However, the terrorist threat from Al Qaeda is fundamentally different from the terrorist threat that existed in Northern Ireland during the ‘Troubles’. It is not rooted in political objectives capable of negotiation, but rather in a reactionary totalitarian ideology that is completely opposed to democracy, freedom and human rights. Negotiation with Al Qaeda and its foreign Jihadists is therefore politically and morally out of the question. Yet offering individuals attracted to AQ a non-violent, political avenue to address their concerns and frustrations, could conceivably help produce change in years to come. Northern Ireland’s Chief Constable, Hugh Orde, only last week told the LondonGuardian, that discussions with Al Qaeda “wouldn’t be unthinkable, the question will be one of timing”.
In the early years of the IRA’s bloody armed campaign over 30 years ago, nobody in the British Government could stomach talking with Republican Leaders, except in surrender terms, since they were regarded as completely beyond the pale after terrorist attacks on London and Birmingham, let alone within Northern Ireland; yet in the middle of all this bloodshed and mayhem, contact was initiated which much later on came to fruition.
Similar issues arise over the Taliban in Afghanistan, although the complexities of War Lords attached to the Taliban more for tactical reasons on the one hand, and the presence Al Qaeda leaders in the area on the other, make the whole process even more hazardous and complex.
In Sri Lanka, where I became involved and visited as Foreign Office Minister in 2000, there have been attempts by the Sri Lankan, British and Norwegian Governments to broker a new way forward. Impasse was followed by progress then impasse and violence again. But, just as both the British and the IRA came to understand, there cannot be a military solution for either side in Sri Lanka – so there is no choice but to focus upon improving the environment and exploring a political solution in the hope that negotiations could subsequently resume. One important point to note is the absence there of sustained bi-partisanship between the two main political parties which has been a consistent obstacle in developing viable forms of devolution to suit the particular history of Sri Lanka, reconciling bitterly competing Singhalese and Tamil interests.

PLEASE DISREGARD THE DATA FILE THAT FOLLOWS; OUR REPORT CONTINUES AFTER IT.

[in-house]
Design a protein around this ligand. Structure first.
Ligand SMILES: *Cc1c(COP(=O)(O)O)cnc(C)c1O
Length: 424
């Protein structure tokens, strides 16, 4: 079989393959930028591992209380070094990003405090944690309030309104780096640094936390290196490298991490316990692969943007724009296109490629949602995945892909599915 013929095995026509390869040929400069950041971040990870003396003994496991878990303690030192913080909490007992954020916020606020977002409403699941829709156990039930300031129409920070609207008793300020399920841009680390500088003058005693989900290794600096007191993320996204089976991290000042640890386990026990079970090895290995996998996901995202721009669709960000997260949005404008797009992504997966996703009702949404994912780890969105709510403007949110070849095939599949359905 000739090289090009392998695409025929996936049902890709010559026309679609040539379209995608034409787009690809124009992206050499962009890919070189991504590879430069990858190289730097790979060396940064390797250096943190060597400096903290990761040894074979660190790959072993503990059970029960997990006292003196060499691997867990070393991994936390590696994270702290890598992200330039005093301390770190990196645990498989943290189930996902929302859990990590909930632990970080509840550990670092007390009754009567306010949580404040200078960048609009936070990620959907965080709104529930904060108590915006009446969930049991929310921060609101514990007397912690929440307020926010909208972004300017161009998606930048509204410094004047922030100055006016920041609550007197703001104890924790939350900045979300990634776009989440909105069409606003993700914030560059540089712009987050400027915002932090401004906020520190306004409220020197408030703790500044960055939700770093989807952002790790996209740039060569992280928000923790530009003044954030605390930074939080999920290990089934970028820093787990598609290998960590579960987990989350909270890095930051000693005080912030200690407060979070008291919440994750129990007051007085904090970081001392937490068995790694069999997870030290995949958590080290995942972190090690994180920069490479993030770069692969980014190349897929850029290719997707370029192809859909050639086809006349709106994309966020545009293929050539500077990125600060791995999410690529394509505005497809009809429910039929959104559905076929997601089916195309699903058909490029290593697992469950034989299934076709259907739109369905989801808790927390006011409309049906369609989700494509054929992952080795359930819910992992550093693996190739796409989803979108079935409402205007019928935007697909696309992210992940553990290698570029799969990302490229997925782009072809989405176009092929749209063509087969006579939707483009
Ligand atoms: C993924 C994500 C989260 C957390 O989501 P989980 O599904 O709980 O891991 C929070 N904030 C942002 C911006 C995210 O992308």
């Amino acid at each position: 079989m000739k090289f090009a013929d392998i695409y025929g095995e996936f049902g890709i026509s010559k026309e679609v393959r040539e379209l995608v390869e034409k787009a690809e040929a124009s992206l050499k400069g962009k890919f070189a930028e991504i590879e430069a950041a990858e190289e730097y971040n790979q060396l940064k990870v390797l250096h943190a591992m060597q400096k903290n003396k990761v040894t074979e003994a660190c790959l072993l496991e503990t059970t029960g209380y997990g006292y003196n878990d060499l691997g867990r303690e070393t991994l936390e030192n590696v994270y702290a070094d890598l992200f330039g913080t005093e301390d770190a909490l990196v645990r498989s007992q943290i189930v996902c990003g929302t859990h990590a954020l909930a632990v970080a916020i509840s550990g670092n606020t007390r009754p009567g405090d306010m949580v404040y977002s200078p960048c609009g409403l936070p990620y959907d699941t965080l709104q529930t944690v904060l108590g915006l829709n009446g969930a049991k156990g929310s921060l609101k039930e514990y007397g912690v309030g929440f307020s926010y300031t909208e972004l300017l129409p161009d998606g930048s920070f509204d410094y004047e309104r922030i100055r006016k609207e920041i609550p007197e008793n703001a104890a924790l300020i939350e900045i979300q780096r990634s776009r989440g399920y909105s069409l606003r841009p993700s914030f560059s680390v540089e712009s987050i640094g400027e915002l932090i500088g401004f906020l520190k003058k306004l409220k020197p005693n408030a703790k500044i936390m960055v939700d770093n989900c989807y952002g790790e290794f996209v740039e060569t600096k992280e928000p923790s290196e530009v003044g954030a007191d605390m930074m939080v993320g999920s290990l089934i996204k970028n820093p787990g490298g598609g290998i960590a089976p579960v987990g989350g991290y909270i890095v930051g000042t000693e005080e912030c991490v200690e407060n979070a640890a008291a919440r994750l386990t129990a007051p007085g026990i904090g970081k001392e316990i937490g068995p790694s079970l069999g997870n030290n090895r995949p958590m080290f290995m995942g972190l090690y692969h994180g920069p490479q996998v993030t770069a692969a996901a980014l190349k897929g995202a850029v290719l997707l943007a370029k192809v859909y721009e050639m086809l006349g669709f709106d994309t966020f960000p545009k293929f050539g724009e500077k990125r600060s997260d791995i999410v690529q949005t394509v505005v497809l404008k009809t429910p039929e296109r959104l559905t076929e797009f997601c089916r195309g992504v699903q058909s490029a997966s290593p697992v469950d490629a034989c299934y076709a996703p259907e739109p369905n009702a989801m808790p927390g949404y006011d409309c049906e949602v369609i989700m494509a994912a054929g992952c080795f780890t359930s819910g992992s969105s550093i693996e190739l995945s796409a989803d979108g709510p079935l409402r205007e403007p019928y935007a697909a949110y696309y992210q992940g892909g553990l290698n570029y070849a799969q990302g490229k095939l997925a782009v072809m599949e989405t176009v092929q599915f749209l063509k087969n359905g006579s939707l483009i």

In Kashmir, supporting efforts to take forward negotiations between Delhi and Islamabad is the imperative. Here, perhaps the lessons are also that a seemingly irreconcilable constitutional conflict can be addressed with ingenuity. The extent of cross border structures (and the planned devolution of policing and justice) was crucial to Republicans agreeing to share power in what remains still a devolved part of the British state they disown. If India, Pakistan and the Kashmiris themselves can agree to an entity with soft borders and greater autonomy for Kashmiris on both sides of the line of control, then maybe progress could be made whilst preserving the interests and longer term objectives of each.
I hope also that resolving the conflict in the Basque region of Spain will make progress toward a final resolution, because the lessons certainly apply there too. Once again those on all sides in Northern Ireland have played and continue to play a useful role.
The inescapable lesson is that such conflicts will never be solved militarily. Either side may have temporary advances. But the solution has in the end to be political, and the mechanism has to be negotiation.
The global threat from international terrorism and the turmoil in the Middle East present the world with an opportunity to address long-running conflicts, to address their root causes and to drive forward their solutions.
We urgently need to match our commitment to global security with a commitment to global justice and global conflict resolution. The Northern Ireland experience, bitter as it was, points to a re-balancing of Western foreign policy in these directions.
What happened on the 8 May 2007, when Ian Paisley and Martin McGuinness took over the running of Northern Ireland together, was a decisive moment in which the people, through their politicians, decided to break free from history, to shape a new history.
But that is a process in itself, and no-one is under any illusions that it will be completed quickly, though the first year has gone better than anybody could possibly have imagined.
Beginning the process on the basis of politics alone is what really matters – that is the real triumph of the past few years in Northern Ireland, and I hope an inspiration to those parts of the world that cannot yet even see as far as the starting point.
Meanwhile I predict that the island of Ireland, with all its beauty, harnessing the huge talents of all its people, will increasingly find common cause, expressing the triumph of humanity in the long transition from horror to hope.